The ride is tuned with a firmer character to it than you might expect. It’s not to the point of discomfort, and nor is it fidgety or clumsy over potholes or sharp edges. And that tune for the Macpherson strut front suspension and torsion beam rear suspension means that it feels plenty grippy in corners. Over my drive loop - incorporating sweeping bends and tighter twists - the MG3 stuck itself to the road commendably, with no noticeable skittishness to speak of.
Indeed, I kept thinking that the suspension tune reminded me of a VW, Skoda or Audi city car - assured, confident, and ultimately a bit of fun.
The braking performance was good, too - it pulled up true and straight under heavy braking, and offered decent response at city speeds, too.
One minor criticism was some noticeable wind noise from around the windscreen pillar / mirror area, which was evident at speeds from 70km/h up.
Unusually for a manual car, the i20 N features a launch control system (with an adjustable rpm setting), which we found fiddly to get working, but with or without it, Hyundai claims a snappy 0-100km/h time of 6.7sec.
And it’s such a pleasure to steer a car with a slick-shifting manual gearbox. The six-speed unit features a rev-matching function accessed via the press of a racy red button on the steering wheel.
Buf for those who prefer an old-school, double-shuffle, heal-and-toe tap dance across the pedals, the relationship between the brake and accelerator is perfect.
And if you’re keen on Walter Rohrl-style left-foot braking, to help steady the car or steer it in fast cornering, the ESC is switchable through to Sport mode or completely off, allowing fuss-free simultaneous brake and throttle application.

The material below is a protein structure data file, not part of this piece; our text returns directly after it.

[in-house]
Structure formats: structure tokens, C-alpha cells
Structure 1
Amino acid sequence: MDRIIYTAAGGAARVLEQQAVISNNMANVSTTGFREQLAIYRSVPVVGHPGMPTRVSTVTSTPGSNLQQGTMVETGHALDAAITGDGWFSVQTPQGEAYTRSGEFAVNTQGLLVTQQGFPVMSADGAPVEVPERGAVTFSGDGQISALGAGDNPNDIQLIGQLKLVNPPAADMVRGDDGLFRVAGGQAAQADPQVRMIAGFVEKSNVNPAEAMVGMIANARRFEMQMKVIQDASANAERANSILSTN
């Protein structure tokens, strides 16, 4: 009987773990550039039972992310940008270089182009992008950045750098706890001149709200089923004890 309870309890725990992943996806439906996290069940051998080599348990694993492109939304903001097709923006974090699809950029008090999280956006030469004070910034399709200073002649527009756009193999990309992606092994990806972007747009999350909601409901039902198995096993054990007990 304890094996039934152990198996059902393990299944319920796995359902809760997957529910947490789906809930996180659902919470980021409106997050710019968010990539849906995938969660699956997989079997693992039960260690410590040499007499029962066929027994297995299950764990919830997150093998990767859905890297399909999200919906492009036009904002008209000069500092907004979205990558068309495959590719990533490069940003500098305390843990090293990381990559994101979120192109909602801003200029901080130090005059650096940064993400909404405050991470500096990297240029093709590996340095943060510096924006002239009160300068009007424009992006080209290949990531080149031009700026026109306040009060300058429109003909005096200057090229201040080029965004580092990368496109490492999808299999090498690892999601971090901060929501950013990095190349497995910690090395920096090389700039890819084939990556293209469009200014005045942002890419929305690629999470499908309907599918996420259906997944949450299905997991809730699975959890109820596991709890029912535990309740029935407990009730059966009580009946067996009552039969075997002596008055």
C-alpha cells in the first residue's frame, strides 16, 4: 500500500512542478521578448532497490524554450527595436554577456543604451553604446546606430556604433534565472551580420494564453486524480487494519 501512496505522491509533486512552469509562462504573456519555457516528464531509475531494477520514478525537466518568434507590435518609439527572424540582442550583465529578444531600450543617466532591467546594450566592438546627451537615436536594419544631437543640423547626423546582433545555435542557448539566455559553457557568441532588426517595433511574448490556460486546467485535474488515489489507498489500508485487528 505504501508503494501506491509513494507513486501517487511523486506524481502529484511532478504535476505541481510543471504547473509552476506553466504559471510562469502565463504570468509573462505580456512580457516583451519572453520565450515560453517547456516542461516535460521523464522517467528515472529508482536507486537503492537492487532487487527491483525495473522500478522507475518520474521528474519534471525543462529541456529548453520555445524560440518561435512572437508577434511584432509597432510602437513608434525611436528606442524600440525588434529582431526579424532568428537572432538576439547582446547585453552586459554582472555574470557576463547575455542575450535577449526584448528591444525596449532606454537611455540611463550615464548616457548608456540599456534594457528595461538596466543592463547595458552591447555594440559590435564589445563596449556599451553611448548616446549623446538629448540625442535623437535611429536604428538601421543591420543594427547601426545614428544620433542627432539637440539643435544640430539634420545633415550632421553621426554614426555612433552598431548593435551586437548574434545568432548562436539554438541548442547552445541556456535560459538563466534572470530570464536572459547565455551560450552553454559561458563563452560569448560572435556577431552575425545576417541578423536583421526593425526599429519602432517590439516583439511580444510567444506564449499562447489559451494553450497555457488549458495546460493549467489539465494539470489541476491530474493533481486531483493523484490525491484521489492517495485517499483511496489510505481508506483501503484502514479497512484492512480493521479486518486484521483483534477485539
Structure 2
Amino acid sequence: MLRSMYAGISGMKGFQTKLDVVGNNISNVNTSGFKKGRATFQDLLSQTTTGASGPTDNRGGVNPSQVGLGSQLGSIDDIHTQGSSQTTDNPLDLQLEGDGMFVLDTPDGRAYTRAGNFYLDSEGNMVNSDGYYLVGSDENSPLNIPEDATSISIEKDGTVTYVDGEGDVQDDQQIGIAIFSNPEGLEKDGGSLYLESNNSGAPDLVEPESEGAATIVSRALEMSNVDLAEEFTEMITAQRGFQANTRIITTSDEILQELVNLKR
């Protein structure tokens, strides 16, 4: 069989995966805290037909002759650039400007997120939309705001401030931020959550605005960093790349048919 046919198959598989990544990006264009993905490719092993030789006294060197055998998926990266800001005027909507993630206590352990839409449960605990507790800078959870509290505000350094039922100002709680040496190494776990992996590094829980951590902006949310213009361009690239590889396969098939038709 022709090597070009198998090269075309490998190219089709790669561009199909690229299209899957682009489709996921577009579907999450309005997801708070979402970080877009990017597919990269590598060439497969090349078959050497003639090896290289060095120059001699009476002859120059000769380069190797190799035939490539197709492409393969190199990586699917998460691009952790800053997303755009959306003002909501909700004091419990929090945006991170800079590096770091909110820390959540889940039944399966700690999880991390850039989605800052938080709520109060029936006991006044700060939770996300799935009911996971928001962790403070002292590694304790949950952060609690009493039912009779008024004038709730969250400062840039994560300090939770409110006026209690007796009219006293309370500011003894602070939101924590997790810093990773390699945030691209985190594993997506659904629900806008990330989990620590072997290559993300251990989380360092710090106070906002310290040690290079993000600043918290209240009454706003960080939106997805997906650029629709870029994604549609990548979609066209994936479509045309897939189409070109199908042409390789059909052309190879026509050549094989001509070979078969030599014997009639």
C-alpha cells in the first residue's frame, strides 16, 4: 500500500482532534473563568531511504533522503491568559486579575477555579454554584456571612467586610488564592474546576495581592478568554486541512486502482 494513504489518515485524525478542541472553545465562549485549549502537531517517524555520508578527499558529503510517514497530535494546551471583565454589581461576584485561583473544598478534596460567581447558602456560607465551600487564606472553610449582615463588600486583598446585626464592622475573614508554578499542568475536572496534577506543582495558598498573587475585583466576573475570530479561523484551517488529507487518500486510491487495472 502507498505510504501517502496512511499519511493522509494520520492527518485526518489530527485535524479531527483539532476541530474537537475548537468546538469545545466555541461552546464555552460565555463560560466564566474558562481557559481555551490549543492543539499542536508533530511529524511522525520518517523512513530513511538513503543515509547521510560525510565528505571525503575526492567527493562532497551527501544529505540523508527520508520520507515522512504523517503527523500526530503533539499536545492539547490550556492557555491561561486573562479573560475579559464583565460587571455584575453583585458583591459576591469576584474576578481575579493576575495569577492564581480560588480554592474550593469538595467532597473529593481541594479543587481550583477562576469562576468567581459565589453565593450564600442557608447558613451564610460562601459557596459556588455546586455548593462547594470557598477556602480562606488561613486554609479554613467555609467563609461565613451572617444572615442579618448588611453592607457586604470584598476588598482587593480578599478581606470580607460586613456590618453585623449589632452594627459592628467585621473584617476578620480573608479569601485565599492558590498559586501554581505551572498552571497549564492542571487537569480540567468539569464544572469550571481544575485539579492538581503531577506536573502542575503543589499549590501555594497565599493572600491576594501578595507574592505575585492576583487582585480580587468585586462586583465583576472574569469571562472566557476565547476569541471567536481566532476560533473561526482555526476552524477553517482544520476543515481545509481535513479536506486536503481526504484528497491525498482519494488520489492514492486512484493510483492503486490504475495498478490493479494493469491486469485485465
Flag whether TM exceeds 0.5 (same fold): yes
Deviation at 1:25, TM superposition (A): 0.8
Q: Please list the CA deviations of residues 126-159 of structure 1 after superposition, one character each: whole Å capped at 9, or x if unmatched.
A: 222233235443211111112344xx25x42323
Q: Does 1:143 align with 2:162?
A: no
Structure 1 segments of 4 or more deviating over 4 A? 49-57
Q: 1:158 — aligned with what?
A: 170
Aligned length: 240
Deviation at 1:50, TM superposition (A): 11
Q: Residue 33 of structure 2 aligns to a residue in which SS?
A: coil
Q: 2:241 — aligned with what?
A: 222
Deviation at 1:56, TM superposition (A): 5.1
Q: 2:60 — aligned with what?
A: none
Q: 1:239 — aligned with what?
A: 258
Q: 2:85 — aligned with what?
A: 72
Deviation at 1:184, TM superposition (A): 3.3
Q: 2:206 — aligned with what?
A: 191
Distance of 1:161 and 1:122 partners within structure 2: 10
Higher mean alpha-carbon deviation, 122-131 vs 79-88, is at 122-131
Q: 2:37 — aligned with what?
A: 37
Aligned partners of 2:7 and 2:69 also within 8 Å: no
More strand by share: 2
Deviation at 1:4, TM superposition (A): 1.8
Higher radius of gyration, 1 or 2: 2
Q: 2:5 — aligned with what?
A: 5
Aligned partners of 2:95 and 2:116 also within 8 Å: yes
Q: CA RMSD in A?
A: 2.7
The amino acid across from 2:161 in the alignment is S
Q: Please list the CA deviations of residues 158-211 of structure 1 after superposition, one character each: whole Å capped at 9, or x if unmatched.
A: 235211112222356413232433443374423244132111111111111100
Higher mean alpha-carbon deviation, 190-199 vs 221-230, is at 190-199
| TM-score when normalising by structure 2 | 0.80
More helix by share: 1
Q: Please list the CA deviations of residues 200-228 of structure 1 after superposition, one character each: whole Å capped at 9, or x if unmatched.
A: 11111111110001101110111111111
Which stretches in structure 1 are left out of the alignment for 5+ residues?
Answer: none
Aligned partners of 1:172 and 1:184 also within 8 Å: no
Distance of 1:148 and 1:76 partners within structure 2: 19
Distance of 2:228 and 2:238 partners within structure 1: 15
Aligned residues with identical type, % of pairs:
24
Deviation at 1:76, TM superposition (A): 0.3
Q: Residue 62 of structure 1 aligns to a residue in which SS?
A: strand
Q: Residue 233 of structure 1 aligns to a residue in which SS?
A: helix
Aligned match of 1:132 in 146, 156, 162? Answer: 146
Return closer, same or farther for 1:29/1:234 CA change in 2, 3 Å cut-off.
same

There’s even a shift-timing indicator near the top of the instrument cluster, with colour bars closing in on each other as the tacho needle pushes towards the rev limiter. Fun.
Engine and exhaust noise is a combination of a raspy induction note and adjustable crackle and pop out the back, courtesy of a mechanical flap in the exhaust system, adjustable through three settings in N mode.
Traditionalists may not be thrilled by the addition of in-cabin synthetic enhancement of all of the above, but the net effect is thoroughly enjoyable.
It’s worth remembering in this context N stands for Namyang, Hyundai’s sprawling proving ground south of Seoul where the car was developed, and the Nürburgring where this go-fast i20 was fine-tuned.
The body has been specifically reinforced at 12 key points, along with additional welds, and “bolt-in underbody structures” to make the i20 N stiffer and more responsive.
The strut front, coupled (dual) torsion beam rear suspension has also been set up with increased (neg) camber and a revised anti-roll bar at the front, as well as specific springs, shocks and bushings.
A compact, mechanical LSD is added to the mix, and grippy 215/40 x 18 Pirelli P-Zero rubber was produced specifically for the car and is stamped ‘HN’ for Hyundai N. Impressive.